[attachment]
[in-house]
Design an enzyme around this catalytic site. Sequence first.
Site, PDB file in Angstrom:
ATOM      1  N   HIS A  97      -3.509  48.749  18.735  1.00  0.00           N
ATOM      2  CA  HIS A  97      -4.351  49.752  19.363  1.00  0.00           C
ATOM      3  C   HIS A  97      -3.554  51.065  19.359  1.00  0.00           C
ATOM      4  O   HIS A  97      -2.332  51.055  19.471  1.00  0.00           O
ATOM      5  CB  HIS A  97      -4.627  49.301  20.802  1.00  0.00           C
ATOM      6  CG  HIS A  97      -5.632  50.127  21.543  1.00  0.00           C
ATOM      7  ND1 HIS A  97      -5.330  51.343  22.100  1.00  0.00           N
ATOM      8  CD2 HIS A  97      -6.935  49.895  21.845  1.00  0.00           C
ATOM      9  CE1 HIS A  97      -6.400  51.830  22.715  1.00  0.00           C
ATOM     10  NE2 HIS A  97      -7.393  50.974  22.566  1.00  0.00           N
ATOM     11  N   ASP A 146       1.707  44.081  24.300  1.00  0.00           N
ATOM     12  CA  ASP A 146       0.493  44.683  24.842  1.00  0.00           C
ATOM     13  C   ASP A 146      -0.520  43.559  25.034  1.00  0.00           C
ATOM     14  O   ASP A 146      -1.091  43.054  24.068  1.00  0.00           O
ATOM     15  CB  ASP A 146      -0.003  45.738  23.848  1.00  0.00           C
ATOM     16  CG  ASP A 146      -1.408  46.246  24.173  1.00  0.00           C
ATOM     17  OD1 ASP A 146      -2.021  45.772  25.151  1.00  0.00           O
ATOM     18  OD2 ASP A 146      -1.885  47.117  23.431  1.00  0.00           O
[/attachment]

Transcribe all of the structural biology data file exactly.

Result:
[in-house]
Design an enzyme around this catalytic site. Sequence first.
Site, PDB file in Angstrom:
ATOM      1  N   HIS A  97      -3.509  48.749  18.735  1.00  0.00           N
ATOM      2  CA  HIS A  97      -4.351  49.752  19.363  1.00  0.00           C
ATOM      3  C   HIS A  97      -3.554  51.065  19.359  1.00  0.00           C
ATOM      4  O   HIS A  97      -2.332  51.055  19.471  1.00  0.00           O
ATOM      5  CB  HIS A  97      -4.627  49.301  20.802  1.00  0.00           C
ATOM      6  CG  HIS A  97      -5.632  50.127  21.543  1.00  0.00           C
ATOM      7  ND1 HIS A  97      -5.330  51.343  22.100  1.00  0.00           N
ATOM      8  CD2 HIS A  97      -6.935  49.895  21.845  1.00  0.00           C
ATOM      9  CE1 HIS A  97      -6.400  51.830  22.715  1.00  0.00           C
ATOM     10  NE2 HIS A  97      -7.393  50.974  22.566  1.00  0.00           N
ATOM     11  N   ASP A 146       1.707  44.081  24.300  1.00  0.00           N
ATOM     12  CA  ASP A 146       0.493  44.683  24.842  1.00  0.00           C
ATOM     13  C   ASP A 146      -0.520  43.559  25.034  1.00  0.00           C
ATOM     14  O   ASP A 146      -1.091  43.054  24.068  1.00  0.00           O
ATOM     15  CB  ASP A 146      -0.003  45.738  23.848  1.00  0.00           C
ATOM     16  CG  ASP A 146      -1.408  46.246  24.173  1.00  0.00           C
ATOM     17  OD1 ASP A 146      -2.021  45.772  25.151  1.00  0.00           O
ATOM     18  OD2 ASP A 146      -1.885  47.117  23.431  1.00  0.00           O